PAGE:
For many years Jamaica has produced coffee in the Blue Mountains earning the reputation as being the finest and one of the rarest coffees in the world. At 3000ft above sea level, with a high rainfall, long ripening season and the complexity of processing the beans, ensures that only a hardened core of farmers grow coffee.
Accounts of the now famous Blue Mountain Coffee come from as early as 1876, quoting Sir Sibbald David Scott:
“After an excellent dinner, as in fact it was, we adjourned to the garden, and seating ourselves on the terrace overhanging the valley, we sipped our coffee — you know Jamaica coffee is famous — surveyed the enchanting view, and enjoyed the conversation of some most agreeable people….”
Our farm is situated at 3,000ft (1,000m) which is the altitude boundary of the Blue Mountain coffee growing range. We have Banana and Mango trees as our main canopy with Rose Apple, Lotus, Cedar and Jack Fruit more infrequently. In the more open areas we use Bananas and Plantains as the main shade because they grow so fast. Generally the slopes are approximately 30 degrees and the soils are mainly shaley conglomerates. The varieties of coffee we grow is mainly Geisha, Caturra and Numbered varieties with some typica, all from caffea arabica.
Planting seedlings after heavy rain yesterday, July 30th.
Clearing the forest for planting
dWe have two main types of land that can be planted - grassland and forest and in both cases we have taken a more environmentally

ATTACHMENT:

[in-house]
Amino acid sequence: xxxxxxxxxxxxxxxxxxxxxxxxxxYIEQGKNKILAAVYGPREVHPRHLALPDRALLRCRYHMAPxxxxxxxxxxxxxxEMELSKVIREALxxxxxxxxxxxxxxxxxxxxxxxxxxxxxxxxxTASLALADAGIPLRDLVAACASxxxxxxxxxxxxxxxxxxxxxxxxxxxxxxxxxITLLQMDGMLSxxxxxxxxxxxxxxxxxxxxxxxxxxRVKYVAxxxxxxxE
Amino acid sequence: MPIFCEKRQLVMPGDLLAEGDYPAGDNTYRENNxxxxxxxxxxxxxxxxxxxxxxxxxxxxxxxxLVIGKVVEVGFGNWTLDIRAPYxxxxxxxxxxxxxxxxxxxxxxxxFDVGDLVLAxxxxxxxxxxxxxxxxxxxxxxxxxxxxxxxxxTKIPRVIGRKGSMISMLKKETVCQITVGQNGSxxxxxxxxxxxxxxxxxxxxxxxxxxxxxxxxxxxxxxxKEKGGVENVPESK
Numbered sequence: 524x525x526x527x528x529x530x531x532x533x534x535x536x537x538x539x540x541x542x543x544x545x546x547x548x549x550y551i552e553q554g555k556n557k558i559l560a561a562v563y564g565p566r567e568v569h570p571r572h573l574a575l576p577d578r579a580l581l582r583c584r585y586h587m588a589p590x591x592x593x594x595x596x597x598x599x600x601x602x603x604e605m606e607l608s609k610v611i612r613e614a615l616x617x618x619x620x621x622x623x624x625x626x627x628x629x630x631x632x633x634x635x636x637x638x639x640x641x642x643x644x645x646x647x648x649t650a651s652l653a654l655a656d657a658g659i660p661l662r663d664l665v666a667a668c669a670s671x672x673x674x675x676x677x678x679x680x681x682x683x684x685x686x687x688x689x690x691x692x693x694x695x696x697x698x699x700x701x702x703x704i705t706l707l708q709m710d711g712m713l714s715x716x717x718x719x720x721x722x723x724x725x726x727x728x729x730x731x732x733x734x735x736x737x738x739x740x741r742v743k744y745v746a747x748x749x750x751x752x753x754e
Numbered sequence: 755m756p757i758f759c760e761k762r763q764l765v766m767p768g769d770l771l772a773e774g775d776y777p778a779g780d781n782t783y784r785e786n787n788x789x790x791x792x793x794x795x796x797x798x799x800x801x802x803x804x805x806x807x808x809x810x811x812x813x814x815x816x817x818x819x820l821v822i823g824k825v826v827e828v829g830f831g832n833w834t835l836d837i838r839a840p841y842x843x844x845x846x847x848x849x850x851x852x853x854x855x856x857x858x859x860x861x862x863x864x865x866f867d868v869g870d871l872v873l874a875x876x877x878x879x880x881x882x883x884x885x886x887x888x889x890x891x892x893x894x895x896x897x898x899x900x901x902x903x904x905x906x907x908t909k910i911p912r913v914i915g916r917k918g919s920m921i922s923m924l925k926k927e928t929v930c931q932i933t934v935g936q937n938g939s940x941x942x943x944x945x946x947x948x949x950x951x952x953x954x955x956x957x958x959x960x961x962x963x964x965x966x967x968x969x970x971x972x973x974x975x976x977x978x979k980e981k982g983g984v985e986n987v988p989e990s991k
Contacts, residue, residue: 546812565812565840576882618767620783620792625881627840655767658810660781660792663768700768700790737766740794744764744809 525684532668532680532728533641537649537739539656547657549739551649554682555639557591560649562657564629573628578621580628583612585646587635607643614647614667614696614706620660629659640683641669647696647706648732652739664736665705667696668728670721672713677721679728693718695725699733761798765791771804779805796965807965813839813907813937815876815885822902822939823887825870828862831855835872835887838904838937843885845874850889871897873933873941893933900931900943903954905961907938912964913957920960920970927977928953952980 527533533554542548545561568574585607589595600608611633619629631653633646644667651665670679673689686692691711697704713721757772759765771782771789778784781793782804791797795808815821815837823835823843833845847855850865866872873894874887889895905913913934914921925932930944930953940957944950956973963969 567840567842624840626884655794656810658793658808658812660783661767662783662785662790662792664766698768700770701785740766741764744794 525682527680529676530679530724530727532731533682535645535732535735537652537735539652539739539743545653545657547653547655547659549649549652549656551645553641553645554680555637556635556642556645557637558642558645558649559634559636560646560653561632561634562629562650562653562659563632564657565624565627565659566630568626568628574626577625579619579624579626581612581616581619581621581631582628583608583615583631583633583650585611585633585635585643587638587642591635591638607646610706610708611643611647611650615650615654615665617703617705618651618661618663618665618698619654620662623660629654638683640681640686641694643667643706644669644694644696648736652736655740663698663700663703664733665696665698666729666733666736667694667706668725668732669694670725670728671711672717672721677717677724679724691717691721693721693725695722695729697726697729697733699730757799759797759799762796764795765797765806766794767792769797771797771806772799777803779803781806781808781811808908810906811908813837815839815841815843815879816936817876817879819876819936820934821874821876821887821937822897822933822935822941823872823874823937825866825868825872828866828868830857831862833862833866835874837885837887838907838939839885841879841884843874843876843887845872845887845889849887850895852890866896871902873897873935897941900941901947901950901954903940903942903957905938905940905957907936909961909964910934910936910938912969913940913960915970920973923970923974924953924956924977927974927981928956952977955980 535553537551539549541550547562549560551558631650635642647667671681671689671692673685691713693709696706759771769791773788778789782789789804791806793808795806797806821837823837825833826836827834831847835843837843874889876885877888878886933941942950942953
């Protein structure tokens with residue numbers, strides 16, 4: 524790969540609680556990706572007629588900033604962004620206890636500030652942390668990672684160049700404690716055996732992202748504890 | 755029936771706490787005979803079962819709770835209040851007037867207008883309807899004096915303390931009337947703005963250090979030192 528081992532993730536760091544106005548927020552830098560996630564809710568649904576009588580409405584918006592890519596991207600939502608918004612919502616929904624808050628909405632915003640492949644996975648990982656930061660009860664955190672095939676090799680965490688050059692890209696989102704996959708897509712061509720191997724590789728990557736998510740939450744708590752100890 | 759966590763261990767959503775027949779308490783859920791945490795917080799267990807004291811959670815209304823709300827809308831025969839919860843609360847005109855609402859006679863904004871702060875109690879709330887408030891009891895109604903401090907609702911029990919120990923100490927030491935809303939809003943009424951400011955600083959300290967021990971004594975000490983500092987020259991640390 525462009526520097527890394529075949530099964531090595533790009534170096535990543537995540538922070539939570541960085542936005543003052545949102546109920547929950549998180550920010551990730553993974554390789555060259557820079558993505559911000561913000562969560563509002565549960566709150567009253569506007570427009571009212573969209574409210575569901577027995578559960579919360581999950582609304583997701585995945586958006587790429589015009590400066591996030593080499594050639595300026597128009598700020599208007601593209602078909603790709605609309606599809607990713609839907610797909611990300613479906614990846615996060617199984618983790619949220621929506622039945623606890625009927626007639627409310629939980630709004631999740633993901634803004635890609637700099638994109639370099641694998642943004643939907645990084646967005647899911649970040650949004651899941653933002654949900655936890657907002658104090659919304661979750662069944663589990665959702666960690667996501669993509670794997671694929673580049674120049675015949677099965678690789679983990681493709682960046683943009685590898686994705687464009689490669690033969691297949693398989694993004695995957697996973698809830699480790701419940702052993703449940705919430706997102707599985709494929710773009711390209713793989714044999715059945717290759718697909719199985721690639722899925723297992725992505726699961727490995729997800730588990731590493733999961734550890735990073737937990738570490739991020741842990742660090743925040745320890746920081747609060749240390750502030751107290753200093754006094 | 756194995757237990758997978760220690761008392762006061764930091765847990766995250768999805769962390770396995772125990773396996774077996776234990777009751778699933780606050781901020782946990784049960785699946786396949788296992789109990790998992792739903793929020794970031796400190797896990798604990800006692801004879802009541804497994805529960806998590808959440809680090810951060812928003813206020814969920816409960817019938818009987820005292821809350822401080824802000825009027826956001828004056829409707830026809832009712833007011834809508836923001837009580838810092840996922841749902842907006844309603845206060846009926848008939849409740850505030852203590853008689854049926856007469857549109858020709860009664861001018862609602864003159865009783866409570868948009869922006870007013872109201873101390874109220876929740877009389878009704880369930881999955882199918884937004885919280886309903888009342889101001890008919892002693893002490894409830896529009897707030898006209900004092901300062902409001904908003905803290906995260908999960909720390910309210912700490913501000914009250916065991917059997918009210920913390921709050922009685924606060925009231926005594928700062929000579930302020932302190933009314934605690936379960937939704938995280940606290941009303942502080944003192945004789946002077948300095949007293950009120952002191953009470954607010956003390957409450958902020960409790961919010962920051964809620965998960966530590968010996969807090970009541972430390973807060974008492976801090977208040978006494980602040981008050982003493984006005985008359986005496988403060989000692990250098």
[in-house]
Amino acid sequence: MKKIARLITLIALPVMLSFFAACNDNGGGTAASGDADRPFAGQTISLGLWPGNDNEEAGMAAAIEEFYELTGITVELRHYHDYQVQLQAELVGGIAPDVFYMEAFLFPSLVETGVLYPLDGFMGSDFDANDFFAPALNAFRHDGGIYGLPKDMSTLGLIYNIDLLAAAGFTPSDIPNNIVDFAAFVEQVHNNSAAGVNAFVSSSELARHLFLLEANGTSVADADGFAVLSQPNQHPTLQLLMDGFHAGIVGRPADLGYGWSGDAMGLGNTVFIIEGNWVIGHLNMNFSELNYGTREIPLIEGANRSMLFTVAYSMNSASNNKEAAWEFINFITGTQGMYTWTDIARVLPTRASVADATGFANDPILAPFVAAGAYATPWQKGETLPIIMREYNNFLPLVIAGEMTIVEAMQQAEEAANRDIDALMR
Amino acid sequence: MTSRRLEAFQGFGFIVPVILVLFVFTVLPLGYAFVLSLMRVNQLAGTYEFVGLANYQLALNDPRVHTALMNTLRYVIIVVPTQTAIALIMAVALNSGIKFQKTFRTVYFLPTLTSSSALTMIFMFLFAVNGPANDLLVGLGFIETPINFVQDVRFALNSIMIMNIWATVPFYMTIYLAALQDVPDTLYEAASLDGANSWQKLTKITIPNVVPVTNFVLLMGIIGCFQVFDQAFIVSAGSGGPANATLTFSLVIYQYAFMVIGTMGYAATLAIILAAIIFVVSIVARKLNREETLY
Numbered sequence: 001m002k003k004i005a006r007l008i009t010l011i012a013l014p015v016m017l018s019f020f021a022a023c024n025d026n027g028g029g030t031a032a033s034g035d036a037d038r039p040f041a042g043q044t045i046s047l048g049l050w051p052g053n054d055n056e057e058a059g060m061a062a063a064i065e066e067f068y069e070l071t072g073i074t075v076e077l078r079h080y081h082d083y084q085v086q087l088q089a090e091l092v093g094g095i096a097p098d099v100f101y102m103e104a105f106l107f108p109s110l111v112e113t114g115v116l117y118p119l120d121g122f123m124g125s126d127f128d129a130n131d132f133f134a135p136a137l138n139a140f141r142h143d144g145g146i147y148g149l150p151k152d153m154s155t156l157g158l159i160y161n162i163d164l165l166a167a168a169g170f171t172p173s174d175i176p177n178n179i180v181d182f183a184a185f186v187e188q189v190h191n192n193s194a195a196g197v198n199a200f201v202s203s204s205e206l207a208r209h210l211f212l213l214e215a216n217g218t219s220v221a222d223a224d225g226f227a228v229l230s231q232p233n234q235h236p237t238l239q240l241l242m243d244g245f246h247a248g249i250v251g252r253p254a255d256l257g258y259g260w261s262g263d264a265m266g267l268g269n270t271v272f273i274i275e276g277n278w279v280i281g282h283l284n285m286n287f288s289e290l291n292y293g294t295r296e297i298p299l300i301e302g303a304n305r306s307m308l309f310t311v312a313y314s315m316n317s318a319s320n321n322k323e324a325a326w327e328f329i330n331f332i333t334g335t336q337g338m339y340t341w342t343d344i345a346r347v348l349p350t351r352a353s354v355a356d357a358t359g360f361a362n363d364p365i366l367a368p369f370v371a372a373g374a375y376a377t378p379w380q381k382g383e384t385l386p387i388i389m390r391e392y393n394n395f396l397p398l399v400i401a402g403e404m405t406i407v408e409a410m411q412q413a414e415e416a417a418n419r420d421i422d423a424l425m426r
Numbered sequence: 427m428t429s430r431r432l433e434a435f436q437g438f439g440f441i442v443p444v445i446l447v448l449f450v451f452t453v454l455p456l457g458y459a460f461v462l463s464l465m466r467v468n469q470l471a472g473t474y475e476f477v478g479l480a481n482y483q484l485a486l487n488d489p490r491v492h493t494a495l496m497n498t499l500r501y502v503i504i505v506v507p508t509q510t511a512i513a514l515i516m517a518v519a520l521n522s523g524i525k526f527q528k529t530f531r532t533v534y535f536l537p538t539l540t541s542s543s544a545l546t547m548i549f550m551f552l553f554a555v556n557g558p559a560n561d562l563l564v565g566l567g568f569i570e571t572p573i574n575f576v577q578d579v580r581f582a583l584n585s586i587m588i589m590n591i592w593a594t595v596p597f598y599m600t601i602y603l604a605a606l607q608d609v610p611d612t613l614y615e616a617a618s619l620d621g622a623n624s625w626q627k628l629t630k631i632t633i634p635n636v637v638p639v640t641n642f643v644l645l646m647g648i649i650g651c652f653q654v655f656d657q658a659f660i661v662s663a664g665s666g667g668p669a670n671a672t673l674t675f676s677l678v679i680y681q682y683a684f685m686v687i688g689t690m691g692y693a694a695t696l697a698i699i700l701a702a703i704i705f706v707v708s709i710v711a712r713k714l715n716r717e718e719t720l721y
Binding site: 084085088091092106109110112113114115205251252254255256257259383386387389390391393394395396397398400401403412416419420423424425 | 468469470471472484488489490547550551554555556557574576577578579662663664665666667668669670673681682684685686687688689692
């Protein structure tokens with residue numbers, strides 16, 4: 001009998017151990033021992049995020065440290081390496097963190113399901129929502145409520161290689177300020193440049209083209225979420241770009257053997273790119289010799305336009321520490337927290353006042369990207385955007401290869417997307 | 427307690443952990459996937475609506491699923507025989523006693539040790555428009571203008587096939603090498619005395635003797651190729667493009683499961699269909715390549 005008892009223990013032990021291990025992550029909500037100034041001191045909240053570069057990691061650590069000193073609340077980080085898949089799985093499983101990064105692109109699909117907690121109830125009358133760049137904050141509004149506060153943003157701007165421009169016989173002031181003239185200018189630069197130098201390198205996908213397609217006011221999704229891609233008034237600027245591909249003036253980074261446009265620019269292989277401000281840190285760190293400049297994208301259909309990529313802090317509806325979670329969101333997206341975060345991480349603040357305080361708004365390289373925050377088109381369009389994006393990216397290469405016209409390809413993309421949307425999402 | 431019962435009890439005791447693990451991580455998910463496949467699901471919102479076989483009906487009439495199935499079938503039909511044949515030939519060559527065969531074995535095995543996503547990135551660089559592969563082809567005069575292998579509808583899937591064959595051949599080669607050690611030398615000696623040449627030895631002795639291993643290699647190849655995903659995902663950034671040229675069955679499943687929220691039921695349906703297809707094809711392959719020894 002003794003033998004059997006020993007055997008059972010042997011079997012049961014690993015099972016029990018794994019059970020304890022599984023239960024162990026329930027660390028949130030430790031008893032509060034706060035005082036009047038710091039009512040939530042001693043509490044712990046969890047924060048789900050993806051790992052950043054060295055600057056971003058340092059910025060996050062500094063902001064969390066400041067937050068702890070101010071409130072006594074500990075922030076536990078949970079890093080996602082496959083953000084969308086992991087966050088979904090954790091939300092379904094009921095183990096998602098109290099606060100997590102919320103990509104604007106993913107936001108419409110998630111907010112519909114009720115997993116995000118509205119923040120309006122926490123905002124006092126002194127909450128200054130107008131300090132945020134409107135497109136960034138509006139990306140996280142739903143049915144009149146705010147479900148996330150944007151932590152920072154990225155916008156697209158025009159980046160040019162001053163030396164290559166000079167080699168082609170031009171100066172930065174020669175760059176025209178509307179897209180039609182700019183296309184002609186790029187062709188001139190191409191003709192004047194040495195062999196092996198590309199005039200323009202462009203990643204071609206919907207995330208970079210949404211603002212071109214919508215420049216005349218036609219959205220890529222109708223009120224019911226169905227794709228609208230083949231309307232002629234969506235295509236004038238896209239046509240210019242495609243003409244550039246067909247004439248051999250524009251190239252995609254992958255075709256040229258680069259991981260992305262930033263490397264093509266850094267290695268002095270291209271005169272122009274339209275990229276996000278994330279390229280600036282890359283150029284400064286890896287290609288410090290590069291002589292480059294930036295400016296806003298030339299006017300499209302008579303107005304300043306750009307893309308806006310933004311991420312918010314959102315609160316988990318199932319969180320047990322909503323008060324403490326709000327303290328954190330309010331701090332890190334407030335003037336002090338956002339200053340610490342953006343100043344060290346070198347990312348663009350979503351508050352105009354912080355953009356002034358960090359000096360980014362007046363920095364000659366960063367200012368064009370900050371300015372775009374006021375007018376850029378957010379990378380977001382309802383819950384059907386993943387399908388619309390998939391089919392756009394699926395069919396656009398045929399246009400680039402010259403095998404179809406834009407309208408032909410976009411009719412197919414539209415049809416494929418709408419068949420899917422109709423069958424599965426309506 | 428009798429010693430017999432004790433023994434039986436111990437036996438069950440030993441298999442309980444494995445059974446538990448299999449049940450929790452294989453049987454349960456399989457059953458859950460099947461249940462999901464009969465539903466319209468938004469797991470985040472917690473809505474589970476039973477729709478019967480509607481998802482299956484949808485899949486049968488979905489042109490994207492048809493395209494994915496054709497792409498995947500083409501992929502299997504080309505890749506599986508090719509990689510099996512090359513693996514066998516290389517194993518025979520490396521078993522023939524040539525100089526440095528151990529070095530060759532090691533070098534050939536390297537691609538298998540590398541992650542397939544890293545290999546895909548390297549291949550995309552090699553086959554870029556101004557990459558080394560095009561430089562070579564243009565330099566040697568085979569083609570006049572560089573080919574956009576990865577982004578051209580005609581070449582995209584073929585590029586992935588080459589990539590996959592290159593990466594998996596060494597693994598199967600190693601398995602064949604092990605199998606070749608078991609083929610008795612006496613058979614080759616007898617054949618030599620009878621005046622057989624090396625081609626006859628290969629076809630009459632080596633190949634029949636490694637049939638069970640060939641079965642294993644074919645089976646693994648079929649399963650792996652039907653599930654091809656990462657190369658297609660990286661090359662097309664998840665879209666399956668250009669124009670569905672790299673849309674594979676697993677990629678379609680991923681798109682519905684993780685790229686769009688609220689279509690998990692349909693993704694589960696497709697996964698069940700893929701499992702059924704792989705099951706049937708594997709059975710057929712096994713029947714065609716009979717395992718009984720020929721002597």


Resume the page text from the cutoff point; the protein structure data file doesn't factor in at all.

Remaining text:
sensitive approach to the clearing of the land for coffee planting.
As can be seen in the video above, the grass is not destroyed chemically, but manually cleared on a regular basis which ensures that the soil does not erode. The image shows us clearing forest at the moment, which in the old days would have be almost completely cut down; we believe that the preservation of a mature tree canopy is vital for a good coffee crop and soil preservation.
Currently we have had to do some intense husbandry in order to counter-attack the severe Island-wide berry-borer infestation. This is due to banning of certain pesticides and leaving us farmers to try and do the best we can prior to the bean ripening, such as using traps, complete stripping and pruning.
This year we have succeeded in encouraging a second flowering now, which will produce beans by April.
The video below shows the destruction of the borer.
Currently the Blue Mountain coffee situation is dire as the effects of Hurricane Sandy and then Coffee Rust disease has decimated this years crop. Happily our farm was not affected as we planted mostly varieties and not typica.